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TSA Continues To See Screeners Leave Agency

Attrition Rate Has Yet To Fall Below 20 Percent

It appears a program aimed at convincing screeners to stay at their jobs with the Transportation Security Administration is about as effective as... well, as most other aspects of the agency.

Over one in five screeners quit their jobs in 2007, according to a new TSA report obtained by the Federal Times. That report states 21.2 percent of workers told TSA to take their jobs and screen them in 2007, slightly above the 2006 rate of 20.9.

Most worrisome to TSA officials is the fact its "Performance Accountability and Standards System" -- implemented in 2005, which ties screener pay to performance -- hasn't had much effect toward keeping screeners on the job.

In its first full year, PASS did convince slightly more workers to stay with TSA than in 2005, when the attrition rate was at a staggering 23.5 percent... but the program has still failed to reduce the attrition rate below 20 percent.

On Thursday, the National Treasury Employees Union called on Congress to investigate how PASS may be affecting attrition, for better or worse.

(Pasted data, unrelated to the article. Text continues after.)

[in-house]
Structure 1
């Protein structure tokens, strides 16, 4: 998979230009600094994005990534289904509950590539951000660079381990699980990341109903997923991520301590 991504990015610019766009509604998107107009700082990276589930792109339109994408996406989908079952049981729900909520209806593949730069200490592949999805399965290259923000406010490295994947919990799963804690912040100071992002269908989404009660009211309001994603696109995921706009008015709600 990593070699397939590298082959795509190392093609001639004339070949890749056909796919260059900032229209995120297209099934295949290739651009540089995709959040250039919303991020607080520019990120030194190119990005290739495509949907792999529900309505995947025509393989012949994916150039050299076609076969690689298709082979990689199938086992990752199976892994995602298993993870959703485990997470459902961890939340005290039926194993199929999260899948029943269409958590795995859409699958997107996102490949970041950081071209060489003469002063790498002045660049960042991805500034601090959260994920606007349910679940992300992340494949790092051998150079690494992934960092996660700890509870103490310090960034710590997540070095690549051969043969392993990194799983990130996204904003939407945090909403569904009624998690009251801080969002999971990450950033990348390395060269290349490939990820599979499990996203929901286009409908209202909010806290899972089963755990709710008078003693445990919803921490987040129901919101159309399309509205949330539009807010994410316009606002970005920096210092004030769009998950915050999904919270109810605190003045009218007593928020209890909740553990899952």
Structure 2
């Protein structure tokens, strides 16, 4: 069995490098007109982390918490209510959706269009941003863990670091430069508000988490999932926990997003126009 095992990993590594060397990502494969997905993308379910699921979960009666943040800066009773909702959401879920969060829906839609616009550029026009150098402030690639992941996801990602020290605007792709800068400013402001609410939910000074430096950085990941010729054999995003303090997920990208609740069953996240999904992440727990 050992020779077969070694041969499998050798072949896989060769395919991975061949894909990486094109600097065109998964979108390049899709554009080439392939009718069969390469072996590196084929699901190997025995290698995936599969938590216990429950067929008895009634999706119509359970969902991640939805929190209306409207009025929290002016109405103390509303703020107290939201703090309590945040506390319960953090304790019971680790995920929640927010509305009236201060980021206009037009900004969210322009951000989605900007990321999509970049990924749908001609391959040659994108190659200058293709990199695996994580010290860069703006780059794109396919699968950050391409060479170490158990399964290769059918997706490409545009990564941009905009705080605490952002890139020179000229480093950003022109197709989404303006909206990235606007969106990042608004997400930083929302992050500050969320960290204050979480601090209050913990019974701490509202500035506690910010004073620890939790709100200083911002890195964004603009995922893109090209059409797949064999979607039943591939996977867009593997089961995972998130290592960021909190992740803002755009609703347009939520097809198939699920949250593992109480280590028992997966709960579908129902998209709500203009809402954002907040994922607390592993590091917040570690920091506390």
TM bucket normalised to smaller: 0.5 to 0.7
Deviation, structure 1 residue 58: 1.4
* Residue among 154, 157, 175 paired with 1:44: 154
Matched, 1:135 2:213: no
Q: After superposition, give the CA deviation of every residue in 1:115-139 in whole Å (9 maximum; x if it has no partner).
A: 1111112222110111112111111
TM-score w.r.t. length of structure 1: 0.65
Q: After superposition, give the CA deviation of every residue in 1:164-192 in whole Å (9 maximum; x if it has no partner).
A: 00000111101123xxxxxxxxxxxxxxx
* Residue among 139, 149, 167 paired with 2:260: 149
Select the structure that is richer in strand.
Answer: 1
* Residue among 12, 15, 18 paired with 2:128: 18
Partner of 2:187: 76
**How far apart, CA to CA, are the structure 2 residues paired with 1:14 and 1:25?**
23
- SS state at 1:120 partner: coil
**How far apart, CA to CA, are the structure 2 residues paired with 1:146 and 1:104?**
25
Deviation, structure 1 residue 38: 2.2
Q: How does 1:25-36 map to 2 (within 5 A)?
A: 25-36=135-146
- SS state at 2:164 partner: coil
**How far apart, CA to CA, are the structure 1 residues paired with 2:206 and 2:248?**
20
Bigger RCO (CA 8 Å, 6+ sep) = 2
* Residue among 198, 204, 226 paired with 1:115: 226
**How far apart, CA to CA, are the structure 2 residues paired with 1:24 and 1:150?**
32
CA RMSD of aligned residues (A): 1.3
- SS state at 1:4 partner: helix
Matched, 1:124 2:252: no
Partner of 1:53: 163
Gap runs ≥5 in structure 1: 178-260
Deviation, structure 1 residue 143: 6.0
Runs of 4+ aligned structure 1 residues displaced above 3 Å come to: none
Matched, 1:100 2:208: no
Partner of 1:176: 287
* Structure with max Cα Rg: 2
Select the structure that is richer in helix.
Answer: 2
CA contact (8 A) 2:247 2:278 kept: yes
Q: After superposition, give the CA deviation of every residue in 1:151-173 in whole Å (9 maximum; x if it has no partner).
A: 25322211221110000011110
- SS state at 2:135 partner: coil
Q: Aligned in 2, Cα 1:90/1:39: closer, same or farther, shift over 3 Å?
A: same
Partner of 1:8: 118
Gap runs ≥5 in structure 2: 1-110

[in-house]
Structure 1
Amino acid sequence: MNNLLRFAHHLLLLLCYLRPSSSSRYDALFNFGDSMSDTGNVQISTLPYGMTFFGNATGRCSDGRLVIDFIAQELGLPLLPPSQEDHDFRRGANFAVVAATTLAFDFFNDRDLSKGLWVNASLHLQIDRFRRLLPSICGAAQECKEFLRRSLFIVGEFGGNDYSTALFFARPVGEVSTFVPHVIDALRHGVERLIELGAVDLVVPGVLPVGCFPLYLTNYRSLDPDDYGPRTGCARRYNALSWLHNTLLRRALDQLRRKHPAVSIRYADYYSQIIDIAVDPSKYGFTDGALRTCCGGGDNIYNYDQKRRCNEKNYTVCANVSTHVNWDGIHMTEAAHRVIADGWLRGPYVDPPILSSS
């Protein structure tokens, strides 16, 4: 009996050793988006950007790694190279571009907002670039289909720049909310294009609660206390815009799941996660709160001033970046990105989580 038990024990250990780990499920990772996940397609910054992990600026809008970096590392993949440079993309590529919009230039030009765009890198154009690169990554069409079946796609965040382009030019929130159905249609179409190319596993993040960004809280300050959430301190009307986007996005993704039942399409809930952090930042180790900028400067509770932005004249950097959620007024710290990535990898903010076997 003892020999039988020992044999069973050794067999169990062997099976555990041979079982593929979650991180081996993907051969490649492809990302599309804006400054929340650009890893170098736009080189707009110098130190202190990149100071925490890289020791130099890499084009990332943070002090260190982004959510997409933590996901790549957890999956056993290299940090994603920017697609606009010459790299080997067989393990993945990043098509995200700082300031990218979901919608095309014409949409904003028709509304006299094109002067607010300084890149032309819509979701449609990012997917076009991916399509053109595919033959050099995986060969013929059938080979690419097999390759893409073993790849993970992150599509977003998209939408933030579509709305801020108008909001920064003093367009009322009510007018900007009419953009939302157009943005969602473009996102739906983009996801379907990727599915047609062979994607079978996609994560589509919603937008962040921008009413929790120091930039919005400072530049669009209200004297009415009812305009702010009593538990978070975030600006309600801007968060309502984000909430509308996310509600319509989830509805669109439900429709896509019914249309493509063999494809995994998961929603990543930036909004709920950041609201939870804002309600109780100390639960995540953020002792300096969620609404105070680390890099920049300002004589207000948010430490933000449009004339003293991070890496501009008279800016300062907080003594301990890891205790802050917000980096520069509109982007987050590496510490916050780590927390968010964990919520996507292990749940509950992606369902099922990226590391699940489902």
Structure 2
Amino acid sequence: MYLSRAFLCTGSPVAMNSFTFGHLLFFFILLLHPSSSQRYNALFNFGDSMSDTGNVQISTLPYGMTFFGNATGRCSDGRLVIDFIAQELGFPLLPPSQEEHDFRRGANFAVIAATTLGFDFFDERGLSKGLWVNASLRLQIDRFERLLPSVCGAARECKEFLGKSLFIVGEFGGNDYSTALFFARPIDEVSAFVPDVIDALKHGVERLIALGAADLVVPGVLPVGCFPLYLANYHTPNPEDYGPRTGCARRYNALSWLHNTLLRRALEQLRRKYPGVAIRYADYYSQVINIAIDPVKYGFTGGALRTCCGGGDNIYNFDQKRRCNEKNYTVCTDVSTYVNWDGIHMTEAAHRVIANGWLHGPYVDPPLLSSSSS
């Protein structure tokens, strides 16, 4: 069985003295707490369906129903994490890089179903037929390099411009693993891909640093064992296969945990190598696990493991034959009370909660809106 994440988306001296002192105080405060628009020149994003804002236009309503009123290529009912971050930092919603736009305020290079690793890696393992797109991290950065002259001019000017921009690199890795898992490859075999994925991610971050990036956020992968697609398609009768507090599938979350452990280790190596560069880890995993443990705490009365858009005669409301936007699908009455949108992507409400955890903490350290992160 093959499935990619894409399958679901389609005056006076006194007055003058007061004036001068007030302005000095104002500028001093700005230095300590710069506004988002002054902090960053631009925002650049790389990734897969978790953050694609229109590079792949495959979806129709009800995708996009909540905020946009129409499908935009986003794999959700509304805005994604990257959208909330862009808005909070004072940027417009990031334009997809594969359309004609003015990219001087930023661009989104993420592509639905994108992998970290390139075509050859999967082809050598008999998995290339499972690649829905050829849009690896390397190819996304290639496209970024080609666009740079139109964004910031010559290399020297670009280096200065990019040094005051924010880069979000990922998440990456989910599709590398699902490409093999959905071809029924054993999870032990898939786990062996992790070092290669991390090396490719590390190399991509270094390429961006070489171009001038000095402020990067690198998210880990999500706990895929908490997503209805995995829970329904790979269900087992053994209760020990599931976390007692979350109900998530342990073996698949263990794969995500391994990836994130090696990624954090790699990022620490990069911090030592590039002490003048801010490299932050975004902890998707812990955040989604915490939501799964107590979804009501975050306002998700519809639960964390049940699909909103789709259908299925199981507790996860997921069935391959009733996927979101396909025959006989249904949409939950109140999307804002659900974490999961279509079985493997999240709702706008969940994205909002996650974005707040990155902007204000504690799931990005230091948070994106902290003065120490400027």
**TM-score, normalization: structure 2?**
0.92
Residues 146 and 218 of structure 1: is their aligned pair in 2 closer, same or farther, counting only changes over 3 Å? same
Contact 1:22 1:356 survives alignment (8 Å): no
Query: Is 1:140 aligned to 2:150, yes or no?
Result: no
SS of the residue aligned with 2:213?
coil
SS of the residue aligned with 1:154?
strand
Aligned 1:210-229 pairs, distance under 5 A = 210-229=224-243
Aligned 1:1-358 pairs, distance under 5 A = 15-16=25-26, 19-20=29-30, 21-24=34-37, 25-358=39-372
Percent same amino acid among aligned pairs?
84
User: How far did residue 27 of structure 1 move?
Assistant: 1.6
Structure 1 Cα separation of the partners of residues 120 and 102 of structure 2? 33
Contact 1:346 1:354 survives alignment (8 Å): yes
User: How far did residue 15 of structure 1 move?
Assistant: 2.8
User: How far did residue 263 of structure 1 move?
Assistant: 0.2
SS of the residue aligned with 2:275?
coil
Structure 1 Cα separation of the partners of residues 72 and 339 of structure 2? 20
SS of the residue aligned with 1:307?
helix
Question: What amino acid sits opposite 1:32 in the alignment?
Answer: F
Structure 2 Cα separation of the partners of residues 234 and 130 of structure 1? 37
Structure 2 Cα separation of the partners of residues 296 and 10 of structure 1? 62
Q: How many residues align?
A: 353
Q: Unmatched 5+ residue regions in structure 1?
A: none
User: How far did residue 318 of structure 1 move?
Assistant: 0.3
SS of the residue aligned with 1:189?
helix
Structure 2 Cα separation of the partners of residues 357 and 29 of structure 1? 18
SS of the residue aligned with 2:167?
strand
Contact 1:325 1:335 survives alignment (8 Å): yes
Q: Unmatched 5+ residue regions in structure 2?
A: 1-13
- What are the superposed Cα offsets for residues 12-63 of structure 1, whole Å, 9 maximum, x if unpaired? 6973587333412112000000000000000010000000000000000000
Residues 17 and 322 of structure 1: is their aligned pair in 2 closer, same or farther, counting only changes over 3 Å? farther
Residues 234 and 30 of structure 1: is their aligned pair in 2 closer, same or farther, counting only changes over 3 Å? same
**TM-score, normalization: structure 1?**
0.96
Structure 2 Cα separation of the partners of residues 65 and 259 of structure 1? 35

"With roughly 8,000 of the approximately 40,000-member TSA work force leaving each year, TSA is incurring astronomical and unnecessary costs of training and retaining, recruiting and hiring and loss of productivity due to this revolving door," NTEU President Colleen Kelley said in a statement. "It is alarming that such a critical work force is in a constant state of flux."

PASS raises pay for veteran screeners by up to $5,300, and better positions them to move into other jobs with the Secret Service, or the Border Patrol. Advanced screener positions -- those that focus on bomb detection, for example -- offer annual salaries up to $56,700, which is a far cry from the $30,000 per year starting wage.

FMI: www.tsa.gov

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